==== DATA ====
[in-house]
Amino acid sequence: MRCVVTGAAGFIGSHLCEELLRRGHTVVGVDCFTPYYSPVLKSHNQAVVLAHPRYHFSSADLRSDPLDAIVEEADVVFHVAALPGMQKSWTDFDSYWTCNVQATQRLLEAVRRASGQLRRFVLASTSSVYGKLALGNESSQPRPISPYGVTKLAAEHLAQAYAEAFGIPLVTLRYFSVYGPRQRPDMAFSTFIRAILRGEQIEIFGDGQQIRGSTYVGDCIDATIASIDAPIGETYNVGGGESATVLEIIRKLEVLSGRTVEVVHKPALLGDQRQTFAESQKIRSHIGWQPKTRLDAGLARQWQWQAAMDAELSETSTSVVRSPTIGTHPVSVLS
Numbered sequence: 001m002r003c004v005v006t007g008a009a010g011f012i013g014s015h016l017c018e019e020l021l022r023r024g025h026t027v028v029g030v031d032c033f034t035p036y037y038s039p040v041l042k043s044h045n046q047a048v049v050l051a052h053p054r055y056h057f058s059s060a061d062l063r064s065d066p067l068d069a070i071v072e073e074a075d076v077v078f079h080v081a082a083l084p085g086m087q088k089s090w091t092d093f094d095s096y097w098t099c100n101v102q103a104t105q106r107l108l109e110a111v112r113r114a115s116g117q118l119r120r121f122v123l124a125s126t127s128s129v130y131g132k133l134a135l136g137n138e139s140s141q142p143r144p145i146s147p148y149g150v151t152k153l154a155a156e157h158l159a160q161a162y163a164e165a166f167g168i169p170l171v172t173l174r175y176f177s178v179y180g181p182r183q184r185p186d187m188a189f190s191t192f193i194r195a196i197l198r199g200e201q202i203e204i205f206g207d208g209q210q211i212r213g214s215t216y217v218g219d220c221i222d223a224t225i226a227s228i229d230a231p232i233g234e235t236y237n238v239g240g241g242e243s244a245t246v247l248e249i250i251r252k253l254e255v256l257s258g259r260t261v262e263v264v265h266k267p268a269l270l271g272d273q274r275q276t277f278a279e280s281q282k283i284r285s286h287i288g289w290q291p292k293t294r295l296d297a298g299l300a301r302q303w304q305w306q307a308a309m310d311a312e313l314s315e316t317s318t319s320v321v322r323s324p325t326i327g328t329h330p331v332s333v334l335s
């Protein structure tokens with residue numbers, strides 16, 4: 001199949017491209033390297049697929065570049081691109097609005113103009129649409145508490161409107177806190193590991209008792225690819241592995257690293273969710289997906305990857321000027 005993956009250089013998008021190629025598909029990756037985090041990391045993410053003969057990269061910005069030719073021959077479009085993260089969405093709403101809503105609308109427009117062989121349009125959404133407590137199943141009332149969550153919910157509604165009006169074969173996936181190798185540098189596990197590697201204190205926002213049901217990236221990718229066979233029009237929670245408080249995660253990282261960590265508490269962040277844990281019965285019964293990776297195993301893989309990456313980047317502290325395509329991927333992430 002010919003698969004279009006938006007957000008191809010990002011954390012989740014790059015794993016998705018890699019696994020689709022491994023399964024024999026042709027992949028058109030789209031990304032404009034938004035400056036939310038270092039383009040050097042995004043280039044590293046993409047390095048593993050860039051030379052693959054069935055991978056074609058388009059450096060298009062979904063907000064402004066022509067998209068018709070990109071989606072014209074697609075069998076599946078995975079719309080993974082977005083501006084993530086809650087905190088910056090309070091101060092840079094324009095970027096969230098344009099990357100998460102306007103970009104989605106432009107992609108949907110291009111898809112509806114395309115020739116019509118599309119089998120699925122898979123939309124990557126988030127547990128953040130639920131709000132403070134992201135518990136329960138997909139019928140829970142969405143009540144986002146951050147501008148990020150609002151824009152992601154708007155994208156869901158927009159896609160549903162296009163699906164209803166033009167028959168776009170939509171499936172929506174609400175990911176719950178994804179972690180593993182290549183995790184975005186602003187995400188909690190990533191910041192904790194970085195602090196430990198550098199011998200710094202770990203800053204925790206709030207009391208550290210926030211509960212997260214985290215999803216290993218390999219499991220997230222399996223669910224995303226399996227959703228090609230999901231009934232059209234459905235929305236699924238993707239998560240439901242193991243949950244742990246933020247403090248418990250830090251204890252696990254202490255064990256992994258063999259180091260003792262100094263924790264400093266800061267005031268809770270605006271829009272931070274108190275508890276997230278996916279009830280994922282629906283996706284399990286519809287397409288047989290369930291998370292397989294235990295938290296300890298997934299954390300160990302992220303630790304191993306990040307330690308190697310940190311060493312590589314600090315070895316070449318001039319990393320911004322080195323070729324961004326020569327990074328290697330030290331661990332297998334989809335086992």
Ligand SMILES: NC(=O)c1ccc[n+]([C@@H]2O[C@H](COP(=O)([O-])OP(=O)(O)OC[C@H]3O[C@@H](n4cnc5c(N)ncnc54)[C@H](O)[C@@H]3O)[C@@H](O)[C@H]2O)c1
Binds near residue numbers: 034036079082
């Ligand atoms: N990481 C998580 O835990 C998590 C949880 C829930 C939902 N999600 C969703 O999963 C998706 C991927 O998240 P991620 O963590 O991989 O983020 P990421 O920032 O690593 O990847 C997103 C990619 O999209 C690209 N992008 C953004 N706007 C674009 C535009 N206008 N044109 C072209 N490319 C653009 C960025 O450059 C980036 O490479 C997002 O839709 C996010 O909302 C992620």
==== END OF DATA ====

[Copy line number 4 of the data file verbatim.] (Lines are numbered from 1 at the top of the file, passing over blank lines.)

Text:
């Protein structure tokens with residue numbers, strides 16, 4: 001199949017491209033390297049697929065570049081691109097609005113103009129649409145508490161409107177806190193590991209008792225690819241592995257690293273969710289997906305990857321000027 005993956009250089013998008021190629025598909029990756037985090041990391045993410053003969057990269061910005069030719073021959077479009085993260089969405093709403101809503105609308109427009117062989121349009125959404133407590137199943141009332149969550153919910157509604165009006169074969173996936181190798185540098189596990197590697201204190205926002213049901217990236221990718229066979233029009237929670245408080249995660253990282261960590265508490269962040277844990281019965285019964293990776297195993301893989309990456313980047317502290325395509329991927333992430 002010919003698969004279009006938006007957000008191809010990002011954390012989740014790059015794993016998705018890699019696994020689709022491994023399964024024999026042709027992949028058109030789209031990304032404009034938004035400056036939310038270092039383009040050097042995004043280039044590293046993409047390095048593993050860039051030379052693959054069935055991978056074609058388009059450096060298009062979904063907000064402004066022509067998209068018709070990109071989606072014209074697609075069998076599946078995975079719309080993974082977005083501006084993530086809650087905190088910056090309070091101060092840079094324009095970027096969230098344009099990357100998460102306007103970009104989605106432009107992609108949907110291009111898809112509806114395309115020739116019509118599309119089998120699925122898979123939309124990557126988030127547990128953040130639920131709000132403070134992201135518990136329960138997909139019928140829970142969405143009540144986002146951050147501008148990020150609002151824009152992601154708007155994208156869901158927009159896609160549903162296009163699906164209803166033009167028959168776009170939509171499936172929506174609400175990911176719950178994804179972690180593993182290549183995790184975005186602003187995400188909690190990533191910041192904790194970085195602090196430990198550098199011998200710094202770990203800053204925790206709030207009391208550290210926030211509960212997260214985290215999803216290993218390999219499991220997230222399996223669910224995303226399996227959703228090609230999901231009934232059209234459905235929305236699924238993707239998560240439901242193991243949950244742990246933020247403090248418990250830090251204890252696990254202490255064990256992994258063999259180091260003792262100094263924790264400093266800061267005031268809770270605006271829009272931070274108190275508890276997230278996916279009830280994922282629906283996706284399990286519809287397409288047989290369930291998370292397989294235990295938290296300890298997934299954390300160990302992220303630790304191993306990040307330690308190697310940190311060493312590589314600090315070895316070449318001039319990393320911004322080195323070729324961004326020569327990074328290697330030290331661990332297998334989809335086992």